Another aspect of the world of Asterix that fascinated me as a child is that it was entirely set in a world free of Christianity. With the exception of a few strips in L’Odyssée d’Astérix that take place in the Middle East, there is not a single passing reference to anything biblical either. For a child, the colorful world of comic books is bound to be interpreted crudely to start with, and yet, the depiction of a world where people are neither threatened by menacing clerics nor guided by the iron law of obscure religious texts was a breath of fresh air.
In contrast, the way Asterix and his Gaulish friends spent their days traveling all across the world (reaching places as far as India or North America), making friends with locals, fighting emperors, blood-thirsty chieftains, and treacherous politicians presented maybe the most positive image of diversity one could think of.
Even when Asterix and company peacefully stayed at home in their Gallic homelands, I would always find more than enough themes and narratives to quench my thirst for obscure knowledge. In the first pages of the very first volume, the readers of Asterix are introduced to Panoramix (Getafix, in the English translation), the titular druid of Asterix’s village. This old wise man, not too dissimilar in nature to Gandalf or Merlin, is the one who brews the powerful magic potion that gives near-supernatural strength to the villagers, thus allowing them to remain independent from the neighboring Roman Empire. To say that this character plays a central role in the series would be an understatement, and numerous albums (my favorite of which being maybe Le combat des chefs) focus on this very druid, and how critical his work is.
While practitioners of the Old Religion are not always depicted in a wholly positive light in the series (the hilariously charlatanical new-agey soothsayer in Le Devin being a fitting counterexample), the fact that a druid is presented as the guardian of the independence, identity, and freedom of his people left a powerful impression on me. Maybe druids were actually not just dangerous human-sacrificers, like I had learned in school? And maybe there was something behind this cartoon character that reflected something true, and positive about this long-forgotten worldview?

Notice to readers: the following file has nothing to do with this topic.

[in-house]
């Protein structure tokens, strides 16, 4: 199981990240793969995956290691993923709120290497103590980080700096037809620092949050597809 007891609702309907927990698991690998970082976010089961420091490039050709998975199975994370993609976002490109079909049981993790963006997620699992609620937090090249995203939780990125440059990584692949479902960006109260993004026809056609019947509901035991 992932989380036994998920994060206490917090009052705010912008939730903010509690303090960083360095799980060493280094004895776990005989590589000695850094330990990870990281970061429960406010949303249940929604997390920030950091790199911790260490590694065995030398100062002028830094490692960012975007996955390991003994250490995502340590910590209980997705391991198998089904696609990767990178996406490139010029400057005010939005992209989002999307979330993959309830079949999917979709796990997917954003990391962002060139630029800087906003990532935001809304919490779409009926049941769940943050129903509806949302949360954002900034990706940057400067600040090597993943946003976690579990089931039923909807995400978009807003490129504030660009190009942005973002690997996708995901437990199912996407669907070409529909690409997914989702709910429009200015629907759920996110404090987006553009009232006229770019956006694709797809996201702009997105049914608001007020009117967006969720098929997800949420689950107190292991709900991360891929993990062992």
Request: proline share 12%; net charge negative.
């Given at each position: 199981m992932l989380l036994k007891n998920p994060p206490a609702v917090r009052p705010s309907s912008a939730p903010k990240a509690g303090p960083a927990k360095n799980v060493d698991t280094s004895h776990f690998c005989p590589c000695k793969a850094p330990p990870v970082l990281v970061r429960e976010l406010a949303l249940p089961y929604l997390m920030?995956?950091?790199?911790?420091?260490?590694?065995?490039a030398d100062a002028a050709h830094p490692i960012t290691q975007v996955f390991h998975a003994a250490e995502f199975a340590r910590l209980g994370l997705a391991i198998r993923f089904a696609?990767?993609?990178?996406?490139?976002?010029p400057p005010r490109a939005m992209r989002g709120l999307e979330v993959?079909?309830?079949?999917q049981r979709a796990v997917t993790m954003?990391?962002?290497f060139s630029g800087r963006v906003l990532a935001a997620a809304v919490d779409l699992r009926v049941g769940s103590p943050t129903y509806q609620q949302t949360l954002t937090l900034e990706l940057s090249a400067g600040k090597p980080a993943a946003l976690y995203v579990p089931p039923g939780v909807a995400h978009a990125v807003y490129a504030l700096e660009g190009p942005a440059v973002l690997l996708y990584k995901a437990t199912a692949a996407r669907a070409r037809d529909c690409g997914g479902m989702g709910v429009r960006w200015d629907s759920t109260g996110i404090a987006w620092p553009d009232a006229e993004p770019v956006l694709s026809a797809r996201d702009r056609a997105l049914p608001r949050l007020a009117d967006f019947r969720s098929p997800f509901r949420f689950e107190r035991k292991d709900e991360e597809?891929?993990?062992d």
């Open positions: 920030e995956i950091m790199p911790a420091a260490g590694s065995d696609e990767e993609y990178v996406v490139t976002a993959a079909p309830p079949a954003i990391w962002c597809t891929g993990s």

I am more than certain that, of all the kids who got their hand on an Asterix album, I must not have been the only one to have had these kinds of thoughts. The mind of children is, at the end of the day, infinitely malleable, and these small ones absorb just about everything in their environment, consciously or not. I also feel that this experience is probably not all that dissimilar to that of American Heathens who first discovered Norse myth through Marvel’s Thor. Maybe, just maybe, all these works that were at the onset intended to be mere entertainment, might actually have acted as some sort of trigger in the impressionable minds of children inclined towards something a bit more spiritual?
Years after discovering Asterix, when being introduced to philosophy, fairy tales, and the history of religions through my nifty niche high school study program, I ended up falling deep into a rabbit hole made of occultism, Paganism, and Celtic culture. Would I have become that interested in the obscure world of the Old Religion if my childhood cartoon hero had been a monk or a crusader? Fat chance of that I think. And yet, even if this is the one aspect of Asterix I feel has had the biggest influence on me, the true legacy of this comic is that it somehow managed to appeal to people of all backgrounds, all over the world.
Sixty years after its creation, Asterix has been published in over 50 countries and 100 languages, including an impressive number of dialects (Frisian, Karelian, Scots), languages (Greenlandic, Indonesian, Basque), and even dead languages (Latin, Ancient Greek, Proto-Celtic). Any parent wishing for their children to develop their intellect, artistic sense, historical knowledge, and interest for Paganism would be well-advised to pick up a volume or two of this excellent series that is guaranteed to lift the spirits, and elevate the mind.
As a freshly-baked father myself, I cannot wait to introduce my child to this treasure trove. While I personally ended up more closely bound to the Northern tradition than anything else, perhaps my child might end up turning her sights to the other side of the fence and unto the green grass of Celtic mysteries? Who knows, but until then, I give my thanks Goscinny and Uderzo for helping me, and I am sure many others, find the way.